Short & Sweet - week beginning 13 August, 2012

Our destination over the weekend was Chinchilla, where the cotton-pickers reside, and Dalby, where our loved ones live. Husband had been invited to speak at a Chinchillian church youth event, where we met an amazing and energetic young band, and I delighted in my niece and attended church in Dalby, where the preacher spoke of community in reference to First Corinthians: Paul's gracious appeal to a people with problems to keep Christ at the centre of their thinking and doing.  

How easy it is to be waylaid: to find oneself straying off the path saying, 'I'm doing okay, perhaps I don't need Christ so much today', only to find that you did, indeed, need Christ because you are terribly human and therefore prone to making mistakes and needing his grace. On this, I will endeavour to elaborate soon.

When we returned home, husband and I enjoyed a dinner of pasta on the floor, accompanied by a little glass of red and some nice music. The undivided, simple, quiet life, where the value of what we do on any given day is measured according to the goodness they create for those nearest and dearest to us, is becoming increasingly meaningful to me. From that, it's only natural that the values will permeate father afield... into one's work and community. "Charity starts at home," as my mother says.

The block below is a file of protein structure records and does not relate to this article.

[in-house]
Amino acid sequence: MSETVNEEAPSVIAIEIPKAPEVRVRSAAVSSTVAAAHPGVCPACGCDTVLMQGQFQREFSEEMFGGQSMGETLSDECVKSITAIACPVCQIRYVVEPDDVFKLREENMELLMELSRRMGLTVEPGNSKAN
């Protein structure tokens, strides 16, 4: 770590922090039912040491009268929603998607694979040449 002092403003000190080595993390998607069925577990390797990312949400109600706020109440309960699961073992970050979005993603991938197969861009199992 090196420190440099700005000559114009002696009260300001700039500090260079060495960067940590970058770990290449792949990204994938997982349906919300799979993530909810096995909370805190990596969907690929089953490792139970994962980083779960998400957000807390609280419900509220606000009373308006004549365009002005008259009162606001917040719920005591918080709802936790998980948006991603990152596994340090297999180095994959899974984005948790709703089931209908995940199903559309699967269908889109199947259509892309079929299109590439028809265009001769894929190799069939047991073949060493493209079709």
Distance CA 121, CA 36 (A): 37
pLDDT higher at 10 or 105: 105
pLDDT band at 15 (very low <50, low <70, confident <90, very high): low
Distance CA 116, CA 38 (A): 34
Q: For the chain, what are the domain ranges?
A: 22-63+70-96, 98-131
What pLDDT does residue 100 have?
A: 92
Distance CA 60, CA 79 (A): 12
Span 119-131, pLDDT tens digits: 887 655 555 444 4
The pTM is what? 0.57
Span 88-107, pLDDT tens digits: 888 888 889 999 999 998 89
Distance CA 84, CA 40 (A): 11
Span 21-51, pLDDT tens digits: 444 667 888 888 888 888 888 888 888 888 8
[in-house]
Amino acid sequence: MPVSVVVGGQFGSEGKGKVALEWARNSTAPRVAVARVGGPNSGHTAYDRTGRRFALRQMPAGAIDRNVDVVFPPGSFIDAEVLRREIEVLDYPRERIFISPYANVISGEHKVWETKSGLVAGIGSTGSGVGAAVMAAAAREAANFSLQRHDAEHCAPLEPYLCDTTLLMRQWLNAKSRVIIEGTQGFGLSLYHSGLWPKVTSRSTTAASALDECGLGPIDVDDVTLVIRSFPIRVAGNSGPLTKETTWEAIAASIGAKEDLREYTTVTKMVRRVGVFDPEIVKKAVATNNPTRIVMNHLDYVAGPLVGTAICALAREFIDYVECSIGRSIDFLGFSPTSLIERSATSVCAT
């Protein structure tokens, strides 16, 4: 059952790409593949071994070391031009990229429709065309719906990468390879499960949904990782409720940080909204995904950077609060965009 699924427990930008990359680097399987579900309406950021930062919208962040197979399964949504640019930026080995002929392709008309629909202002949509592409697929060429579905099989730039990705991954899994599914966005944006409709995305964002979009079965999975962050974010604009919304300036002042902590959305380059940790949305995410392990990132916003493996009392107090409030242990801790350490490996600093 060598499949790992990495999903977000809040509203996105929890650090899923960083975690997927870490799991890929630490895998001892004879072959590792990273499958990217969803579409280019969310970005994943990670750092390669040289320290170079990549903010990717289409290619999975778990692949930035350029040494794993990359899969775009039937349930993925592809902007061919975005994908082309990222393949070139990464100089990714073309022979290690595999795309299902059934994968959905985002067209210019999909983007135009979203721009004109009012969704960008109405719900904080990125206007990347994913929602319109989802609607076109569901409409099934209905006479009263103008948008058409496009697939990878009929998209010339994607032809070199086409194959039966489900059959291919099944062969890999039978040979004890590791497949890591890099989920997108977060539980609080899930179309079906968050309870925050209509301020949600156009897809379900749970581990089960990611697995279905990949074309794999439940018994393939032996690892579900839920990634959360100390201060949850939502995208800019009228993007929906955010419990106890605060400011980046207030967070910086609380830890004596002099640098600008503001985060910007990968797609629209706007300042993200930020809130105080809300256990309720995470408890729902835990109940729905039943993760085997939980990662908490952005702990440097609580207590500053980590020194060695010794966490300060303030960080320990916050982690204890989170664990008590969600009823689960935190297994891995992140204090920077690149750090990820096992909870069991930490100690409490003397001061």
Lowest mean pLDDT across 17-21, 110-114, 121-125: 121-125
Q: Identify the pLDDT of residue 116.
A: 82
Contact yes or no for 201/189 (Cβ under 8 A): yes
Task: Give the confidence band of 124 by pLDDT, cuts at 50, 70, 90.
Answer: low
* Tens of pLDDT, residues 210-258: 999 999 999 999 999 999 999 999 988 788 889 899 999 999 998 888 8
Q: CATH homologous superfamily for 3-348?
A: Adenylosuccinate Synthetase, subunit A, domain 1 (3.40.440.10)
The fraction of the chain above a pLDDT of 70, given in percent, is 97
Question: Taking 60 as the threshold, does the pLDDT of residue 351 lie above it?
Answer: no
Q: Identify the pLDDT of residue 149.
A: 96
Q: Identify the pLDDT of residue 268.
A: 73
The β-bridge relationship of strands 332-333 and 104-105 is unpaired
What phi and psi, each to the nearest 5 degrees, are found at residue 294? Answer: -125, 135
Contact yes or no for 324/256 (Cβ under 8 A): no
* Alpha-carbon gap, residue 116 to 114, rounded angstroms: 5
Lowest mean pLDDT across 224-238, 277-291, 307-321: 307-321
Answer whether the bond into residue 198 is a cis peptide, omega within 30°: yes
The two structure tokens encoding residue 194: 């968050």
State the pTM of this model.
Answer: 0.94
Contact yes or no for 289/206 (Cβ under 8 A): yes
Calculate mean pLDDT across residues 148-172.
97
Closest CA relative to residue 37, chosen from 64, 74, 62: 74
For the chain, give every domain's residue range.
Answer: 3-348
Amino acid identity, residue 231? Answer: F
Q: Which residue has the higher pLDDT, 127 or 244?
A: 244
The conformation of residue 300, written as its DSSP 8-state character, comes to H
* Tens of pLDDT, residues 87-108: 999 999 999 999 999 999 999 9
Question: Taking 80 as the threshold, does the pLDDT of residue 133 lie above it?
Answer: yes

The Word for the Week: "If anyone does not remain in me, he is like a branch that is thrown away and withers; such branches are picked up, thrown into the fire and burned." - Jesus, John 15:6 (Yikes!)
Quote for the Week: "We don't have any interesting people in Australian politics." Barry Humphries (not entirely true) word for the week: pillory \PIL-uh-ree\, verb:
1. To expose to public derision, ridicule, or abuse.
2. To set in the pillory.
"As the Brisbane Ekka show gets underway, its mix of agriculture displays, equestrian shows and rides drawing in people from across the state who get a day off work, Premier Campbell Newman is being pilloried by the Queensland press for his unmerciful approach to public service job cuts. Hold onto your hats."

Girl With a Satchel